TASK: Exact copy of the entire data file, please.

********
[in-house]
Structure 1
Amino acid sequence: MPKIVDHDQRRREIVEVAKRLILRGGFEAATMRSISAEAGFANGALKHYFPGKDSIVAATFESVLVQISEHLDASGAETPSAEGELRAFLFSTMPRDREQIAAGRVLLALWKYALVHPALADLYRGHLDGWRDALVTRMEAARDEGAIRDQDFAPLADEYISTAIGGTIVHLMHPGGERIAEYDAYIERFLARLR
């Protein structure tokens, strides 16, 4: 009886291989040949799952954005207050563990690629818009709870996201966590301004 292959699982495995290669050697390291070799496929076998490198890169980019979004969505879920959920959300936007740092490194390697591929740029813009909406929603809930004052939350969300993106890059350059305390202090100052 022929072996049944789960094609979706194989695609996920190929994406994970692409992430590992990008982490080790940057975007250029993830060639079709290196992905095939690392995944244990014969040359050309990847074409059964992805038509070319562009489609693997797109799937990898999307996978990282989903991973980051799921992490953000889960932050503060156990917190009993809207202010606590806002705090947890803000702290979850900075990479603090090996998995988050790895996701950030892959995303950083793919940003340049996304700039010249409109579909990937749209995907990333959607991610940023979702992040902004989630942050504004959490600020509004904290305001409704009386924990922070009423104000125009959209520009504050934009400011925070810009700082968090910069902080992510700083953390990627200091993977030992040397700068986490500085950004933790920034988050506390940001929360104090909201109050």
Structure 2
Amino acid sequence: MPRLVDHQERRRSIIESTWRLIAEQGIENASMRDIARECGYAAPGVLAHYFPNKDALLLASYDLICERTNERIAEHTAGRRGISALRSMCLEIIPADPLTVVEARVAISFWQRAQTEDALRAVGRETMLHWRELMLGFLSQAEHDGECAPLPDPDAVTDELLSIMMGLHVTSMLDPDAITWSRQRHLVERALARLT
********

[in-house]
Structure 1
Amino acid sequence: MPKIVDHDQRRREIVEVAKRLILRGGFEAATMRSISAEAGFANGALKHYFPGKDSIVAATFESVLVQISEHLDASGAETPSAEGELRAFLFSTMPRDREQIAAGRVLLALWKYALVHPALADLYRGHLDGWRDALVTRMEAARDEGAIRDQDFAPLADEYISTAIGGTIVHLMHPGGERIAEYDAYIERFLARLR
């Protein structure tokens, strides 16, 4: 009886291989040949799952954005207050563990690629818009709870996201966590301004 292959699982495995290669050697390291070799496929076998490198890169980019979004969505879920959920959300936007740092490194390697591929740029813009909406929603809930004052939350969300993106890059350059305390202090100052 022929072996049944789960094609979706194989695609996920190929994406994970692409992430590992990008982490080790940057975007250029993830060639079709290196992905095939690392995944244990014969040359050309990847074409059964992805038509070319562009489609693997797109799937990898999307996978990282989903991973980051799921992490953000889960932050503060156990917190009993809207202010606590806002705090947890803000702290979850900075990479603090090996998995988050790895996701950030892959995303950083793919940003340049996304700039010249409109579909990937749209995907990333959607991610940023979702992040902004989630942050504004959490600020509004904290305001409704009386924990922070009423104000125009959209520009504050934009400011925070810009700082968090910069902080992510700083953390990627200091993977030992040397700068986490500085950004933790920034988050506390940001929360104090909201109050």
Structure 2
Amino acid sequence: MPRLVDHQERRRSIIESTWRLIAEQGIENASMRDIARECGYAAPGVLAHYFPNKDALLLASYDLICERTNERIAEHTAGRRGISALRSMCLEIIPADPLTVVEARVAISFWQRAQTEDALRAVGRETMLHWRELMLGFLSQAEHDGECAPLPDPDAVTDELLSIMMGLHVTSMLDPDAITWSRQRHLVERALARLT